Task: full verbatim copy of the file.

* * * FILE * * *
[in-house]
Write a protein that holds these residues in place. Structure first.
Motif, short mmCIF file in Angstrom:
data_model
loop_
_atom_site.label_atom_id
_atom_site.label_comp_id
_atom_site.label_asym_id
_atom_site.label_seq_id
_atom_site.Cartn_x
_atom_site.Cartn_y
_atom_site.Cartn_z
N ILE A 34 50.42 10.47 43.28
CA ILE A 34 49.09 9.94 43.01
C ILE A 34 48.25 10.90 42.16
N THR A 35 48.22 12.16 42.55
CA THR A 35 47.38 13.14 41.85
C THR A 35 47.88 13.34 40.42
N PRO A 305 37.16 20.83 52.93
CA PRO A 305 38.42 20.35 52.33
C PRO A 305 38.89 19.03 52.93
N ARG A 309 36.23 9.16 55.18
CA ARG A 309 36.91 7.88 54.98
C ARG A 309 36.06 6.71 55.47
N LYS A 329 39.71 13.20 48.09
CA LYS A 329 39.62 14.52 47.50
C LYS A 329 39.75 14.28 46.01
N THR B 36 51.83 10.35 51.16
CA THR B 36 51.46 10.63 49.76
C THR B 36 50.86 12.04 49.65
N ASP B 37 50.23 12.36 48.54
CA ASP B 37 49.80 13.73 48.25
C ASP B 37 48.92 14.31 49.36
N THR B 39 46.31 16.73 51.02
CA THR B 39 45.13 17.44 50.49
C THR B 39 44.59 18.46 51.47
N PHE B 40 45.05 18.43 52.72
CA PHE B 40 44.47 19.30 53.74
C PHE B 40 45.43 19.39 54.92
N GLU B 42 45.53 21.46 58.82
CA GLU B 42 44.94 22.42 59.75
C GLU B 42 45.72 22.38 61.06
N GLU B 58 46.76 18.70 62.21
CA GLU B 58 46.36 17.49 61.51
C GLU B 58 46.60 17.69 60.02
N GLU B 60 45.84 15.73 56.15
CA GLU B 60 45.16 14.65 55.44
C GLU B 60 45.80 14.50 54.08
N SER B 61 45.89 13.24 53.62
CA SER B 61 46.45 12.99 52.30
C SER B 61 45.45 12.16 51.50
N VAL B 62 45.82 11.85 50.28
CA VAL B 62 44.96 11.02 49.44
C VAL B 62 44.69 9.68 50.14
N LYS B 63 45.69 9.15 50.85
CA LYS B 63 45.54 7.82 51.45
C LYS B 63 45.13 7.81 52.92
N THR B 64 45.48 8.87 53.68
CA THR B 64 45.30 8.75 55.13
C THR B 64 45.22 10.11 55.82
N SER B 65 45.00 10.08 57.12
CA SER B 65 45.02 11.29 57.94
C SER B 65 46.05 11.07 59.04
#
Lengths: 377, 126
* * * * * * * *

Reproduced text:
[in-house]
Write a protein that holds these residues in place. Structure first.
Motif, short mmCIF file in Angstrom:
data_model
loop_
_atom_site.label_atom_id
_atom_site.label_comp_id
_atom_site.label_asym_id
_atom_site.label_seq_id
_atom_site.Cartn_x
_atom_site.Cartn_y
_atom_site.Cartn_z
N ILE A 34 50.42 10.47 43.28
CA ILE A 34 49.09 9.94 43.01
C ILE A 34 48.25 10.90 42.16
N THR A 35 48.22 12.16 42.55
CA THR A 35 47.38 13.14 41.85
C THR A 35 47.88 13.34 40.42
N PRO A 305 37.16 20.83 52.93
CA PRO A 305 38.42 20.35 52.33
C PRO A 305 38.89 19.03 52.93
N ARG A 309 36.23 9.16 55.18
CA ARG A 309 36.91 7.88 54.98
C ARG A 309 36.06 6.71 55.47
N LYS A 329 39.71 13.20 48.09
CA LYS A 329 39.62 14.52 47.50
C LYS A 329 39.75 14.28 46.01
N THR B 36 51.83 10.35 51.16
CA THR B 36 51.46 10.63 49.76
C THR B 36 50.86 12.04 49.65
N ASP B 37 50.23 12.36 48.54
CA ASP B 37 49.80 13.73 48.25
C ASP B 37 48.92 14.31 49.36
N THR B 39 46.31 16.73 51.02
CA THR B 39 45.13 17.44 50.49
C THR B 39 44.59 18.46 51.47
N PHE B 40 45.05 18.43 52.72
CA PHE B 40 44.47 19.30 53.74
C PHE B 40 45.43 19.39 54.92
N GLU B 42 45.53 21.46 58.82
CA GLU B 42 44.94 22.42 59.75
C GLU B 42 45.72 22.38 61.06
N GLU B 58 46.76 18.70 62.21
CA GLU B 58 46.36 17.49 61.51
C GLU B 58 46.60 17.69 60.02
N GLU B 60 45.84 15.73 56.15
CA GLU B 60 45.16 14.65 55.44
C GLU B 60 45.80 14.50 54.08
N SER B 61 45.89 13.24 53.62
CA SER B 61 46.45 12.99 52.30
C SER B 61 45.45 12.16 51.50
N VAL B 62 45.82 11.85 50.28
CA VAL B 62 44.96 11.02 49.44
C VAL B 62 44.69 9.68 50.14
N LYS B 63 45.69 9.15 50.85
CA LYS B 63 45.54 7.82 51.45
C LYS B 63 45.13 7.81 52.92
N THR B 64 45.48 8.87 53.68
CA THR B 64 45.30 8.75 55.13
C THR B 64 45.22 10.11 55.82
N SER B 65 45.00 10.08 57.12
CA SER B 65 45.02 11.29 57.94
C SER B 65 46.05 11.07 59.04
#
Lengths: 377, 126